Station Control

Experimental TV

by Benjamin Carr

We are in the midst of television's golden age, which has led to an array of quality programming including some shows that can be described as truly bizarre, zany, even revolutionary. Three of these experimental programs are definitely worth a look.

WHO IS AMERICA? (Showtime)

Sacha Baron Cohen's brazen, hilarious and sometimes terrifying new program on Showtime has already dropped a bomb in local politics. Because of his racist rhetoric and naked, homophobic antics on Cohen's prank /mockumentary show, Georgia state lawmaker Jason Spencer has already quit his job. And that was just the impact of the second episode.

Cohen has done this sort of show before with his characters of Borat, Ali G and Bruno on Da Ali G Show. But Who Is America? tackles modern politics from a variety of angles and has no set format unlike his previous program. Cohen pretends to be a leftist college professor, a right-wing blogger, an art critic or a weapons expert - managing to ensnare a variety of guests and politicians into nightmare interviews and scenarios.

How on Earth did former Vice President Dick Cheney think it was remotely acceptable, even in jest, to autograph a waterboarding kit? Ted Koppel ended his interview when it took a turn for the ridiculous. Others haven't been as savvy. Other targets reportedly include Sarah Palin in a future episode.

Because the show is so daring and so insane, it's possible that Spencer is but the first of many careers ruined by Who Is America? Its comedy is more than funny. It's savage.


Storytelling and comedy itself are dissected with near surgical precision by New Zealand stand-up comic Hannah Gadsby in her must-see Netflix comedy special. It is a searing, hour long triumph that will make you both laugh and cry. There hasn't been anything like it on television before and it may change comedy forever. It is one of the year's best programs.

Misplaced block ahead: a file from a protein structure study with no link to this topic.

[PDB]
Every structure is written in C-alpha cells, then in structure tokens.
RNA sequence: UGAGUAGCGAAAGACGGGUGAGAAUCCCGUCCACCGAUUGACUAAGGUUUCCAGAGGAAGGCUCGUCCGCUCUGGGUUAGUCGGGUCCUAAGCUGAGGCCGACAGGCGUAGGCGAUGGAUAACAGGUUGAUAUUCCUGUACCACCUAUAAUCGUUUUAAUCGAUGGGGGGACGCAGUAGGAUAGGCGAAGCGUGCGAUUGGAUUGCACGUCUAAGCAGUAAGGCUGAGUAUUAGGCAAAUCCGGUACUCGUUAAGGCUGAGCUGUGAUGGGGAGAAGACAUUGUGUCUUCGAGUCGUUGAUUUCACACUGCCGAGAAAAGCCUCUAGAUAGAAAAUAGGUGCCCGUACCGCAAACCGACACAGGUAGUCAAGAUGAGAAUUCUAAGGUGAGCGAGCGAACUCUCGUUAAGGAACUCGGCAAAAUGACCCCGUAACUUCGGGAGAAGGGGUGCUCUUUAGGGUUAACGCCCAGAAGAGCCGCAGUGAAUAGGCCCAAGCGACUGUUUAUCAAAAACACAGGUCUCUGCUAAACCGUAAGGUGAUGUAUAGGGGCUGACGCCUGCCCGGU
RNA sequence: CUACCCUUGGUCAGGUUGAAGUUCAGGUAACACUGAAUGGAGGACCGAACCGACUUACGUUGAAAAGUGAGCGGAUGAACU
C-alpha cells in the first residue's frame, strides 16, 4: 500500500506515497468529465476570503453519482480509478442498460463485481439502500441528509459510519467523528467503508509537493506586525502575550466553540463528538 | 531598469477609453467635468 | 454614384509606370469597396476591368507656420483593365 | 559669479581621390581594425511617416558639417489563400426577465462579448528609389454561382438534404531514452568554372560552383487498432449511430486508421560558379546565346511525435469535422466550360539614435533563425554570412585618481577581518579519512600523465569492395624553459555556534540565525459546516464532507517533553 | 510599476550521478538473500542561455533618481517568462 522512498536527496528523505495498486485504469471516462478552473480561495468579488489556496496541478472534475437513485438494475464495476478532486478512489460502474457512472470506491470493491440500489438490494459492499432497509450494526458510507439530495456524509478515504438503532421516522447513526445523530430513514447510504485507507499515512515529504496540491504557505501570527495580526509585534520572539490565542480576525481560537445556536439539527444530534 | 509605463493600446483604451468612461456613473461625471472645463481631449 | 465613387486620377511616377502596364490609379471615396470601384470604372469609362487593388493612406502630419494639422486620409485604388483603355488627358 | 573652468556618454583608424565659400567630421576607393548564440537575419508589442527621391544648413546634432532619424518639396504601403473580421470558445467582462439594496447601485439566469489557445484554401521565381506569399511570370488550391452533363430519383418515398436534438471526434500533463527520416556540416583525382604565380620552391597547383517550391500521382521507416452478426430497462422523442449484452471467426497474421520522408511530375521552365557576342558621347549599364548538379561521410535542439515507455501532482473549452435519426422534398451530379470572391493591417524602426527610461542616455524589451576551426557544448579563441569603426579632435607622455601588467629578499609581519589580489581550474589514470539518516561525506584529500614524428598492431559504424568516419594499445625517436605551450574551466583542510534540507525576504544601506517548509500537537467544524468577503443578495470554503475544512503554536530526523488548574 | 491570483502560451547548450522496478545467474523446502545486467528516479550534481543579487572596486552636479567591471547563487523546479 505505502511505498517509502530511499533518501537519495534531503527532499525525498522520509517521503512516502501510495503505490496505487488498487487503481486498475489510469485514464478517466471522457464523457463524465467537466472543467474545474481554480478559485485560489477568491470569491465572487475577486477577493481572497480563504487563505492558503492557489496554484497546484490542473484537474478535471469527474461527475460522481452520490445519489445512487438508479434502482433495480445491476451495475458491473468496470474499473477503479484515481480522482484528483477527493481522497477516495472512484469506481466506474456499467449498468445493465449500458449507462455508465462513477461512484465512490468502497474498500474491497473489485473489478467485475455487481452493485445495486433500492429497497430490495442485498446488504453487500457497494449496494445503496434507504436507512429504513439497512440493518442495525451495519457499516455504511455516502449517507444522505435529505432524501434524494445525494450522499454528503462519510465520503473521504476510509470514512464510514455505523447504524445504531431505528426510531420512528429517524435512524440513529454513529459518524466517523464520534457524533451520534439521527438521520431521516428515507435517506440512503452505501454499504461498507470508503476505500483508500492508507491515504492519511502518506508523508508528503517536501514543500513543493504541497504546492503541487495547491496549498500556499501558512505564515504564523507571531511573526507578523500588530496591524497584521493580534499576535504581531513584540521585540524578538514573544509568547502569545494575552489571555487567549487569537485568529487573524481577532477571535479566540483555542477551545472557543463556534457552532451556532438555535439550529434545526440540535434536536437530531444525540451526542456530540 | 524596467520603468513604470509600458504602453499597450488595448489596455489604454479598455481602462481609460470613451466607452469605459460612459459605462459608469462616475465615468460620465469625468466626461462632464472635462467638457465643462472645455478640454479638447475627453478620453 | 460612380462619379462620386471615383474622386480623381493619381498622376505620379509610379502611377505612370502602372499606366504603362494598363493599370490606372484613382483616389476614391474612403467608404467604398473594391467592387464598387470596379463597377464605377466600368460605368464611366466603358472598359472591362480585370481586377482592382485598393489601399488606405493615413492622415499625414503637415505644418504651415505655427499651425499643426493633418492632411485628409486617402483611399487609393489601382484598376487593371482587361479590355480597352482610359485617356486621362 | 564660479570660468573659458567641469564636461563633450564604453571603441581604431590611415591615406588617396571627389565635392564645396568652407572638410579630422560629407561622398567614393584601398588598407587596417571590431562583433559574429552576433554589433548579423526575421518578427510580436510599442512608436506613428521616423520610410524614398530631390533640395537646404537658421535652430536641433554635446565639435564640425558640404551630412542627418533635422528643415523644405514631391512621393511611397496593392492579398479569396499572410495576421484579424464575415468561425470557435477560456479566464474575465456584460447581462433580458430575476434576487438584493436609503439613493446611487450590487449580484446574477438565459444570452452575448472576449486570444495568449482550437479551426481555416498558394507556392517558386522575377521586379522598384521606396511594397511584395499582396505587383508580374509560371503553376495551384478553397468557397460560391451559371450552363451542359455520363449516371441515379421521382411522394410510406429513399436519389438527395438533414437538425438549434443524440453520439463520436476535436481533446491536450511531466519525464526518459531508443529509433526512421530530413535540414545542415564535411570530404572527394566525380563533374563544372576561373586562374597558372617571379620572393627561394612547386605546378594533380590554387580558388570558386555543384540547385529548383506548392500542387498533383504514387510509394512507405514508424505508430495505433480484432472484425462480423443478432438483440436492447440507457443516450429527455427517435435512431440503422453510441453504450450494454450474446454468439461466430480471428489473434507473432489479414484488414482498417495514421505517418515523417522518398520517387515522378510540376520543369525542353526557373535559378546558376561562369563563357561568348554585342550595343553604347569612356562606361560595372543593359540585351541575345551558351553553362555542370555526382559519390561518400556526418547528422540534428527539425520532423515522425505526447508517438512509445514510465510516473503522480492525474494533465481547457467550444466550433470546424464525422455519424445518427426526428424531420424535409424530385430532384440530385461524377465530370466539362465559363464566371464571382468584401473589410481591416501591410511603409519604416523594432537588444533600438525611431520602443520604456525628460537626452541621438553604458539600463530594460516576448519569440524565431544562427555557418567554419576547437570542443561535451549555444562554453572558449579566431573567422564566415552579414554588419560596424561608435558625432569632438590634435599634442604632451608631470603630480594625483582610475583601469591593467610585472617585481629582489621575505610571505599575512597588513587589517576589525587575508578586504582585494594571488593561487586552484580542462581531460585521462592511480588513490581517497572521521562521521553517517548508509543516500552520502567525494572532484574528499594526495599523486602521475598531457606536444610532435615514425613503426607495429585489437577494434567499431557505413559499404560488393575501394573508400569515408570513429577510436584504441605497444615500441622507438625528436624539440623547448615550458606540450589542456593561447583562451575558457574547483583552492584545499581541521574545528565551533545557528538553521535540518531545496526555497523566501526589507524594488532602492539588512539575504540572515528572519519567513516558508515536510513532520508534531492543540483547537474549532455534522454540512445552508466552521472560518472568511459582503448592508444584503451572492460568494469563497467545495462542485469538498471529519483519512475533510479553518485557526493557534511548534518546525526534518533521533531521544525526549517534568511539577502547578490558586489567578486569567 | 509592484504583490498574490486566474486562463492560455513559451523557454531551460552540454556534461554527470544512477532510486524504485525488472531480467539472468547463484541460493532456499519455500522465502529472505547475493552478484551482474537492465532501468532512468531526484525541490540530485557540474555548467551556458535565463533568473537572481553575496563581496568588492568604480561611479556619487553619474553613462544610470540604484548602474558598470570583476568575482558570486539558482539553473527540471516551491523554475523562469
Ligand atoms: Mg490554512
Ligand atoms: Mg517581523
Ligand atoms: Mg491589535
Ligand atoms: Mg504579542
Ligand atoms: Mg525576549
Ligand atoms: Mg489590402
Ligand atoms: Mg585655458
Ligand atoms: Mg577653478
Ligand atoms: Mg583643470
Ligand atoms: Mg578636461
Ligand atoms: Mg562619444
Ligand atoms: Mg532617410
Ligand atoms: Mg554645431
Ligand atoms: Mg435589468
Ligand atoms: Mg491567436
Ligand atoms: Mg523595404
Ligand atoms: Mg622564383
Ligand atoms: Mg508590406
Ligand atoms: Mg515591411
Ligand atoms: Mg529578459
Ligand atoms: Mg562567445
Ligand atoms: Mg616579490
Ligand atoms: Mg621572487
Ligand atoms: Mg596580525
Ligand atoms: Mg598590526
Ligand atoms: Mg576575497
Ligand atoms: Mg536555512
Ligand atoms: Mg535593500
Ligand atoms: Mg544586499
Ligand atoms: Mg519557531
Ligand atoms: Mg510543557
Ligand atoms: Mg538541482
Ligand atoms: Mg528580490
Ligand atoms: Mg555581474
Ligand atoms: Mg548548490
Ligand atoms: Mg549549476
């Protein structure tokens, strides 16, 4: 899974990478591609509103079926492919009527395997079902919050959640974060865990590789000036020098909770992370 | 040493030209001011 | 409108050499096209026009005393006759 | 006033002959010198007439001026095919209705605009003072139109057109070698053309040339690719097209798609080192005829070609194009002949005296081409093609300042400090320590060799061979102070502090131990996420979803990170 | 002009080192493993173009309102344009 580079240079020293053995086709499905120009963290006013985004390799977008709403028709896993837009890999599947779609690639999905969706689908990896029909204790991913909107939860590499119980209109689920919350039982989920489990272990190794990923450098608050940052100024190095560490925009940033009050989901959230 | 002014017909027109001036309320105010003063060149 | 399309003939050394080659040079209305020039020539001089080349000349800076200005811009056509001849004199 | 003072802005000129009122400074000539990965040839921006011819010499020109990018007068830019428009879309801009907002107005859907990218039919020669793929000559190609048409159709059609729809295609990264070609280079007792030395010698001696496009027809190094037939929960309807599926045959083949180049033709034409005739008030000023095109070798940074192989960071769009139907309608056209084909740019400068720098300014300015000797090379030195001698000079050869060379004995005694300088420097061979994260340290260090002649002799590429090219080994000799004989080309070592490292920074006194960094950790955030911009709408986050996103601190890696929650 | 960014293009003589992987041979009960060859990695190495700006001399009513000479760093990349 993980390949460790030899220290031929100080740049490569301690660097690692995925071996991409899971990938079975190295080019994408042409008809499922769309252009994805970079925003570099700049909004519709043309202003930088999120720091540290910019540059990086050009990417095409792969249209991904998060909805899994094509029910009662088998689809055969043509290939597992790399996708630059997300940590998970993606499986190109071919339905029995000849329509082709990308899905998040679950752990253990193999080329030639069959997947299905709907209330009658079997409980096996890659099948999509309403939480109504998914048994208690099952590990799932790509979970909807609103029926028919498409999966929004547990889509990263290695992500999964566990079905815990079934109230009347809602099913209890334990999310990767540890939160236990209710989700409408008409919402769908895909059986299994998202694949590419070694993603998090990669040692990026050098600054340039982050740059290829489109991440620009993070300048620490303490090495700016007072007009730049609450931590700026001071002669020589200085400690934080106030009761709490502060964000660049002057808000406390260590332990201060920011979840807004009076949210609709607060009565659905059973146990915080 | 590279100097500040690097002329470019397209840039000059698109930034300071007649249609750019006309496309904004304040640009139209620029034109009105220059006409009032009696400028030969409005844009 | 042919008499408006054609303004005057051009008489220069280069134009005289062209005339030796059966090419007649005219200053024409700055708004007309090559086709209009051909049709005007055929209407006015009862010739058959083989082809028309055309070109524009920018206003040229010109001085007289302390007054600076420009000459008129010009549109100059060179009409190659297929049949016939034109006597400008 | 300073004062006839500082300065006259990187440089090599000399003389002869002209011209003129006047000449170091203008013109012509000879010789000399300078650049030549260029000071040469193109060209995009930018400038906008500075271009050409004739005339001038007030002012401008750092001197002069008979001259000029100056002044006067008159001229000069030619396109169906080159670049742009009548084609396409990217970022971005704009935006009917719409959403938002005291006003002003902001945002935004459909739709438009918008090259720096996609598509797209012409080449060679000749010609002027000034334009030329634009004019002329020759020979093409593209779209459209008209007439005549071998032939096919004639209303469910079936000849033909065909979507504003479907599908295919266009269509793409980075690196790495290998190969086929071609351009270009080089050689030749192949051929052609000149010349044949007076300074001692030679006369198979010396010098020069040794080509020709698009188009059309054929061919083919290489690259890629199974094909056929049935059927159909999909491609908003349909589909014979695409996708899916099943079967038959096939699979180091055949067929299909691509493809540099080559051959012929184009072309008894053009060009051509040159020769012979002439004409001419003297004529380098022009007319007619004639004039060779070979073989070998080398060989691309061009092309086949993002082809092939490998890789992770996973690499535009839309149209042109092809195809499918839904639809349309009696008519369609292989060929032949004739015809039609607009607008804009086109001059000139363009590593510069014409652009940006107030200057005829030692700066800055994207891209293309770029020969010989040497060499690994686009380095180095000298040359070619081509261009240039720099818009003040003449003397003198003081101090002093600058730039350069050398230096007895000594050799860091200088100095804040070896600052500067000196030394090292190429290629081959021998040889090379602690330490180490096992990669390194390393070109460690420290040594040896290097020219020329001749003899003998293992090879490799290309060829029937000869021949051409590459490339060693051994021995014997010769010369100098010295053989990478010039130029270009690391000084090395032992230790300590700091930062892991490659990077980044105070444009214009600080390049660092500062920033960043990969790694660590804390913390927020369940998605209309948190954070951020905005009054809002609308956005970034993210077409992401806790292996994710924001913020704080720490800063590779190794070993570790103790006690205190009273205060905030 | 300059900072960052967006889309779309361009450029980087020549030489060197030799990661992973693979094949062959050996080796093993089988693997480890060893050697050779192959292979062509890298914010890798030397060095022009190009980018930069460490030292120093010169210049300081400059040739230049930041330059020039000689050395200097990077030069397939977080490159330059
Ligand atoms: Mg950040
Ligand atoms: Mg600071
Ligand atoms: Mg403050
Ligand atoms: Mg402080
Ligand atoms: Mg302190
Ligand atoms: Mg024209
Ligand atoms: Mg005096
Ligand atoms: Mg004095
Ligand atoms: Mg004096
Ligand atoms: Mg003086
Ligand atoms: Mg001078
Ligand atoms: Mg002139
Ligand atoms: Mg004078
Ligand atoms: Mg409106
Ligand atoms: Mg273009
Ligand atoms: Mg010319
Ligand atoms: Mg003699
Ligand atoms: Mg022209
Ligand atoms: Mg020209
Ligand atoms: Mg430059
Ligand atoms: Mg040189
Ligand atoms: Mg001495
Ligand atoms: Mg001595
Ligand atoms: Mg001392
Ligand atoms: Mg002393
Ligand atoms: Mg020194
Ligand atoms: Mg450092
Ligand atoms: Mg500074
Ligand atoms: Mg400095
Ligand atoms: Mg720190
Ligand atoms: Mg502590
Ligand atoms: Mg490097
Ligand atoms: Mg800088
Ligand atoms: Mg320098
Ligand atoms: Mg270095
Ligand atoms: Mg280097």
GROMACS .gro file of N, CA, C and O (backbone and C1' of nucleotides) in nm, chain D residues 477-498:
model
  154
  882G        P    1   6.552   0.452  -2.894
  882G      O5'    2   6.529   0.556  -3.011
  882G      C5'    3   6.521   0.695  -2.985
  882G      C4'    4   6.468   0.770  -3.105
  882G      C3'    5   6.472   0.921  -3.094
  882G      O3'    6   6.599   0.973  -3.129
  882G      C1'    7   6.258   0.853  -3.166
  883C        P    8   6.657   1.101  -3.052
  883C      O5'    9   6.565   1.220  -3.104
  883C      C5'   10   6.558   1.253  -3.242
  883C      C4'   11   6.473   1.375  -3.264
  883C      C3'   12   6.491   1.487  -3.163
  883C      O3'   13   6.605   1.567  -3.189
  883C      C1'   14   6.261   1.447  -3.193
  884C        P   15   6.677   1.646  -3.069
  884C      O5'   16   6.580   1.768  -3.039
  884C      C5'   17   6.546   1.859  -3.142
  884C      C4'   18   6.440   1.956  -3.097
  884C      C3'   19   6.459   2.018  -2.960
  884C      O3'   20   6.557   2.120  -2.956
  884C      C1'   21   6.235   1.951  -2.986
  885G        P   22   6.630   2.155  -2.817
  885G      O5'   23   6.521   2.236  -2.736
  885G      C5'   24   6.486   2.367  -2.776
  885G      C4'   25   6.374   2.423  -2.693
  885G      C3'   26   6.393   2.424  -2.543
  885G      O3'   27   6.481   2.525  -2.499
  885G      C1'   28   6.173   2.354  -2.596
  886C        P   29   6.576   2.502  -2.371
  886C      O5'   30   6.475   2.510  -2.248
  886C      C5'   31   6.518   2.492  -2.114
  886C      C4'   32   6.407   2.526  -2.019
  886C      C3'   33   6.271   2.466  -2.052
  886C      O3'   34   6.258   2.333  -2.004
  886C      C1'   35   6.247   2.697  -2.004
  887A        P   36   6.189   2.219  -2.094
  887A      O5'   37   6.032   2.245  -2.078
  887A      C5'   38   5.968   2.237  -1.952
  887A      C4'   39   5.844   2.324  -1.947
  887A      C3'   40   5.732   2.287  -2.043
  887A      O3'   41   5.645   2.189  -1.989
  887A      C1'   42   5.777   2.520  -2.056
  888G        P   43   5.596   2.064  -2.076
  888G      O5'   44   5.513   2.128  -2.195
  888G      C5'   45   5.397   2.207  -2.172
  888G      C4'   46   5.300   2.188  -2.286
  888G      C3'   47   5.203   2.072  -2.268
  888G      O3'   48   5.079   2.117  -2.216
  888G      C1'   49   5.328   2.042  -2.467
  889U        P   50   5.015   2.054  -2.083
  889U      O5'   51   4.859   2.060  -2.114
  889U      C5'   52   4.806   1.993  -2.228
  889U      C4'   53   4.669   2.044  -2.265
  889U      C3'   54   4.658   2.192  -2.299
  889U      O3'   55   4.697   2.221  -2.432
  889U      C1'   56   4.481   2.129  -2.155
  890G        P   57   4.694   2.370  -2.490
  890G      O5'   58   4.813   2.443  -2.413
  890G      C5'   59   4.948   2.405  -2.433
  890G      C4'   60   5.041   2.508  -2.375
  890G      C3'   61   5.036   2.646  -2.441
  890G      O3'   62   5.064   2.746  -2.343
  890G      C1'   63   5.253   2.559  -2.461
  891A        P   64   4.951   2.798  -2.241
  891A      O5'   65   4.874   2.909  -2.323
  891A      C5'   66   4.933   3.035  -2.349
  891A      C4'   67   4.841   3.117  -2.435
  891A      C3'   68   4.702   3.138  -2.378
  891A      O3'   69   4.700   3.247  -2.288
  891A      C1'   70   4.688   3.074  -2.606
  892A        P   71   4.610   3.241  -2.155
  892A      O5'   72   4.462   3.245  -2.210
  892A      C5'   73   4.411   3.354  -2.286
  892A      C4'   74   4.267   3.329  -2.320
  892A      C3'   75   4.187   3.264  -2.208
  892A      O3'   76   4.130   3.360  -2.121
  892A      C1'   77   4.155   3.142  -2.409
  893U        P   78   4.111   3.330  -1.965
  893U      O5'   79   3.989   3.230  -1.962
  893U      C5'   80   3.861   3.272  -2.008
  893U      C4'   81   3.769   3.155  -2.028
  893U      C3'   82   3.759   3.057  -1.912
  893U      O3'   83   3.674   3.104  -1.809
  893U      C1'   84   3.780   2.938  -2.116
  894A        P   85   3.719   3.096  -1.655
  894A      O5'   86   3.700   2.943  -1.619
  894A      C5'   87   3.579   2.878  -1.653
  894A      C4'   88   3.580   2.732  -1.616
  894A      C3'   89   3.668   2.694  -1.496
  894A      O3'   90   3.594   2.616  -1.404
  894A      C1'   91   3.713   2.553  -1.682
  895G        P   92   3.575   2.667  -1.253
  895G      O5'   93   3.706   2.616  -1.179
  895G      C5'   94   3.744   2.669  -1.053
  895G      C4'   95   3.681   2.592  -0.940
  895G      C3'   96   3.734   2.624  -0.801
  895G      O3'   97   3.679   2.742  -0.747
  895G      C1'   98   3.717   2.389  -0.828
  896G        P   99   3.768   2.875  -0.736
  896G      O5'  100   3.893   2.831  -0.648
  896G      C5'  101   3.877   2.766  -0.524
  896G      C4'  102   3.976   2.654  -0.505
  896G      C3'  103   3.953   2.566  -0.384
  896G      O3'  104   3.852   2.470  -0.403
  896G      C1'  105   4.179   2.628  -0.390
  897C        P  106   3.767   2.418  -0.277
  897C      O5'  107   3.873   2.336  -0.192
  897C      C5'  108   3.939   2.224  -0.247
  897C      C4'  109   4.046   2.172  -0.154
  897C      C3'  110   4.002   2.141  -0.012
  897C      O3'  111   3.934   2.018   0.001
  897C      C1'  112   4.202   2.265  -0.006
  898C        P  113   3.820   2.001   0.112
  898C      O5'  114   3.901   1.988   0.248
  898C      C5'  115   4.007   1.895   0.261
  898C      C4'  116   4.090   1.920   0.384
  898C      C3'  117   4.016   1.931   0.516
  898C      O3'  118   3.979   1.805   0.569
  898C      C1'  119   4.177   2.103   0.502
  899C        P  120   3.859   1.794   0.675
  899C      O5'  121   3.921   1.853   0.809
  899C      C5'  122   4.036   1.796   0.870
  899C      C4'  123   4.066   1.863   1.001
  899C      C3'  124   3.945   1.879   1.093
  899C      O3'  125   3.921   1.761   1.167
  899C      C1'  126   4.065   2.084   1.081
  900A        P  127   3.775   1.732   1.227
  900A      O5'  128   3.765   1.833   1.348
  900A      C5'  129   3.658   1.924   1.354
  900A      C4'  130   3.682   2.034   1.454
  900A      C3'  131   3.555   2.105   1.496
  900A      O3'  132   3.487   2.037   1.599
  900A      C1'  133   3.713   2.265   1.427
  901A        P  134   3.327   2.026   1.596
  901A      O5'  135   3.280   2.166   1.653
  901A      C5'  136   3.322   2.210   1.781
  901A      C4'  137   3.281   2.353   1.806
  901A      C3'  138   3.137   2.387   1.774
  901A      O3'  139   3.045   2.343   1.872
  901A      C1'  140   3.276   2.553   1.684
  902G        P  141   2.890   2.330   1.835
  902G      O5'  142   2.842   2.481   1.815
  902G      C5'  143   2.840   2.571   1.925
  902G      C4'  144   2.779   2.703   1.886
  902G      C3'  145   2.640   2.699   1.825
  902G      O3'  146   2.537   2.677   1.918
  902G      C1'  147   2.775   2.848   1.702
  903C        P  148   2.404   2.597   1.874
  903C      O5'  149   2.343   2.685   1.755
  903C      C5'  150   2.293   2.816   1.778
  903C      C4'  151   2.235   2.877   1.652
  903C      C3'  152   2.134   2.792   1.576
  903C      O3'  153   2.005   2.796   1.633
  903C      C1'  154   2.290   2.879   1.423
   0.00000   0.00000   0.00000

Gadsby, who originally performed the show as part of the international fringe festival circuit is an unexpected presence to find within a comedy special. She presents herself as a shy, large butch lesbian who would rather be at home with her cats than onstage.

But within the monologue, which starts simply as a comedy routine with self-effacing jokes, the comic begins to deconstruct the nature of jokes - and what makes punchlines effective. Gadsby asserts that she should quit comedy because the nature of the business means that she must humiliate and misrepresent herself in order to release the tension within moments she describes. Because she is a maestro at manipulating that tension she is able to turn the show into an examination of why we tell stories at all.


Stephen King is no stranger to television. His novels have been adapted into movies and miniseries before. In fact, his novels The Colorado Kid, 11/22/63 and Under the Dome were all used as the basis for full series in recent years.

But the new Hulu series Castle Rock - from King and producer J.J. Abrams - isn't an act of adaptation. The idea at its center is wilder, spirited and experimental.

Using King's full body of work as an inspiration and jumping-off point, Castle Rock - set in the fictional Maine town wherein many of King's best works took place - evokes the spirit of King while telling an entirely original story. Elements feel familiar, a little bit scary, but there is no guide to help you determine where the show is going.

Starring Andre Holland, Bill Skarsgard, Melanie Lynskey, Jane Levy, Sissy Spacek, Scott Glenn, Terry O'Quinn, and Frances Conroy, Castle Rock is a slow-burn mystery thriller with a very talented cast that should soon take a turn for the scary.

A young man imprisoned in a tiger cage deep within a hidden wing of Shawshank Prison has been discovered. His name and history is unknown. He barely speaks yet there is something ominous about him. A lawyer with his own questionable history returns to his hometown of Castle Rock to find justice and help the prisoner. From the first three episodes, it feels as though all hell is about to break loose.

Bold approaches to television are the future. And the future is here.



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